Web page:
Individuals or businesses may find themselves in a dispute over a domain name, whether as a complainant or the registered owner of the domain name.
Depending on the parties involved and where the domain name is registered, two potential avenues for domain name dispute resolution are through: (1) the Canadian Internet Registration Authority (“CIRA”), and (2) the World Intellectual Property Organization (“WIPO”).
Part 1 of this two-part blog will address CIRA’s dispute resolution process for .CA domain names. Part 2 will address WIPO’s domain name dispute resolution process.
What is CIRA?
CIRA is a not-for-profit organization that oversees the .CA top-level domain, supports the development of Canada’s internet community, and represents the .CA registry internationally. Currently, there are over two-million registered .CA domain names.
What types of disputes are heard?
The CIRA Domain Name Dispute Resolution Policy (the “Policy”) is designed to resolve disputes over .CA domain names. Specifically, the stated purpose of the Policy is to “provide a forum in which cases of bad faith registration of domain names registered in the .CA country code top level domain name registry operated by CIRA can be dealt with relatively inexpensively and quickly.”
Examples of disputes include domain names that infringe trademarks, or domain names that attempt to confuse users as to the owner or operator of the domain name.
Who can file a claim under CDRP?
A complainant under CDRP must satisfy the Canadian Presence Requirements for Registrants in respect of the domain name that is the subject of the proceedings unless the complaint relates to a trade-mark registered with the Canadian Intellectual Property Office.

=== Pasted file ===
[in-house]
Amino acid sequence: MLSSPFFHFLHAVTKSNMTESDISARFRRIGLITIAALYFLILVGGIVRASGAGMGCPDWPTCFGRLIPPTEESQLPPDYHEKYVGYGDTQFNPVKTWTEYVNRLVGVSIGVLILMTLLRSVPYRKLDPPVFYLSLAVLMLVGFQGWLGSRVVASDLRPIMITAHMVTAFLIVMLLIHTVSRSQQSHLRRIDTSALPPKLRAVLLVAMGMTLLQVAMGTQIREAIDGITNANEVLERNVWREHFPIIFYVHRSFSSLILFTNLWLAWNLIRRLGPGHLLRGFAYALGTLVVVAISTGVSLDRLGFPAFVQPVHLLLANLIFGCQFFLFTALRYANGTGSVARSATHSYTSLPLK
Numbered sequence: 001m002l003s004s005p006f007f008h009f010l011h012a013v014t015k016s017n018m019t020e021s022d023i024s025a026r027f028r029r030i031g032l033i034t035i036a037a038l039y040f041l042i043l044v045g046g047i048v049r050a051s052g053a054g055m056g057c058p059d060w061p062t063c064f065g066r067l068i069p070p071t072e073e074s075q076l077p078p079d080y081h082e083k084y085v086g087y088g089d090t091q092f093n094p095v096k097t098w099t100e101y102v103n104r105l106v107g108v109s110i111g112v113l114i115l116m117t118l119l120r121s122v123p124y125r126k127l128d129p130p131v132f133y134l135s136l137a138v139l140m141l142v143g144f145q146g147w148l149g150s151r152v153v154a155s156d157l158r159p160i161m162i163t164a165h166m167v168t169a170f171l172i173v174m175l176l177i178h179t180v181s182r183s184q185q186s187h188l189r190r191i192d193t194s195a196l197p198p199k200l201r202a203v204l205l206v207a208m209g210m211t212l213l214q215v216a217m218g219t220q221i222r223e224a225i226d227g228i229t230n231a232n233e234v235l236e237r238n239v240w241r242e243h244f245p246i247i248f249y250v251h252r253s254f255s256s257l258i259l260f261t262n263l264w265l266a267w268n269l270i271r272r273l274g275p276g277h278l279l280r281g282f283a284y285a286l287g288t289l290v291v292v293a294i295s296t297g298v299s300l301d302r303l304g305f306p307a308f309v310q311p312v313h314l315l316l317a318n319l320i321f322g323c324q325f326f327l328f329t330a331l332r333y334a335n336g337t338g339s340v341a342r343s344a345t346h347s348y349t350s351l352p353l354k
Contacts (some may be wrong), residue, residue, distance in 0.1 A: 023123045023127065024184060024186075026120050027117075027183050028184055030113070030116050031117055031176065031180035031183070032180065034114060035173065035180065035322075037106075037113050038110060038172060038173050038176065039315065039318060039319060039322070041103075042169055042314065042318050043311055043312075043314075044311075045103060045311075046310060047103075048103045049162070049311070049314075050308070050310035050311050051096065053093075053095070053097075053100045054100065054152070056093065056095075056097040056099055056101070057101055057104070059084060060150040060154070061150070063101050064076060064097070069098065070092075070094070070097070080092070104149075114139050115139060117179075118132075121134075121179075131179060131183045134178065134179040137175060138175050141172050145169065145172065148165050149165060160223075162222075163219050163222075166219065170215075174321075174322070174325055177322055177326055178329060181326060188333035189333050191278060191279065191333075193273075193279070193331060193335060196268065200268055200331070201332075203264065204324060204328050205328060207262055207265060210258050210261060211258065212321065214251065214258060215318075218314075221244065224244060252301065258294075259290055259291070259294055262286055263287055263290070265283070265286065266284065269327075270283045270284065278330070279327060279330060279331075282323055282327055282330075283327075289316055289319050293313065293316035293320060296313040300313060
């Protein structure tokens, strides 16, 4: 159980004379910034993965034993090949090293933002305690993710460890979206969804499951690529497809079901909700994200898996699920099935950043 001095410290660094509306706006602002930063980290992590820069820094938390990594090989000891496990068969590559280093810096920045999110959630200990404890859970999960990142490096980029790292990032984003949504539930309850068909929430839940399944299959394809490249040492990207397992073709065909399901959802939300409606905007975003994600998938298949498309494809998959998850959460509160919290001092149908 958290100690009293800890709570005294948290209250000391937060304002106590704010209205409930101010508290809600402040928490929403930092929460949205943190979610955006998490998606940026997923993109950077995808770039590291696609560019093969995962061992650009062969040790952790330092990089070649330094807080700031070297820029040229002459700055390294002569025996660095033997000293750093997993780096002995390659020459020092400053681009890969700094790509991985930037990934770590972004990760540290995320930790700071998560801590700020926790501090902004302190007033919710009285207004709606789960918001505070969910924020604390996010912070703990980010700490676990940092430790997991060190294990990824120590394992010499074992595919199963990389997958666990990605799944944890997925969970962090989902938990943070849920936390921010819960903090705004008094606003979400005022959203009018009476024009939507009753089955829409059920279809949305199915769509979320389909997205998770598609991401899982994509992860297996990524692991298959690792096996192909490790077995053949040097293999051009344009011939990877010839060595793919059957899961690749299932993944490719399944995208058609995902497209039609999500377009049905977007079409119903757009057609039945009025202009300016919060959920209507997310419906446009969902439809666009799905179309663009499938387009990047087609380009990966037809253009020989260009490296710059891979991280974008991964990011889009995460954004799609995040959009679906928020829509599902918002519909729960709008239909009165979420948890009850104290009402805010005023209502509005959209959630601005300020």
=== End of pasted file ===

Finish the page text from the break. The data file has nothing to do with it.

Some examples of individuals or entities that meet the Canadian presence requirement include Canadian citizens, corporations, political parties, educational institutions, and government agencies.
How are domain name disputes administered?
Proceedings under the Policy are administered according to the CIRA Domain Name Dispute Resolution Rules (the “Rules”). A Proceeding is initiated when the party filing a claim under the Policy (the “Complainant”) submits a written complaint in accordance with the Rules (a “Complaint”). After the Complaint is accepted, the registered owner of the disputed domain name (the “Registrant”) is provided an opportunity to respond to the Complainant’s allegations. Barring exceptional circumstances, there is no in-person hearing and disputes are resolved via written submissions.
Who adjudicates disputes?
Proceedings are administered by one of two providers approved by CIRA. Currently, the British Columbia International Commercial Arbitration Centre and Resolution Canada Inc. are the only dispute resolution service providers (each, a “Provider”).
A one or three member panel will be named to determine the outcome of the dispute (the “Panel”).
What must a Complainant establish?
In order to obtain a remedy, a Complainant must establish, on a balance of probabilities, that: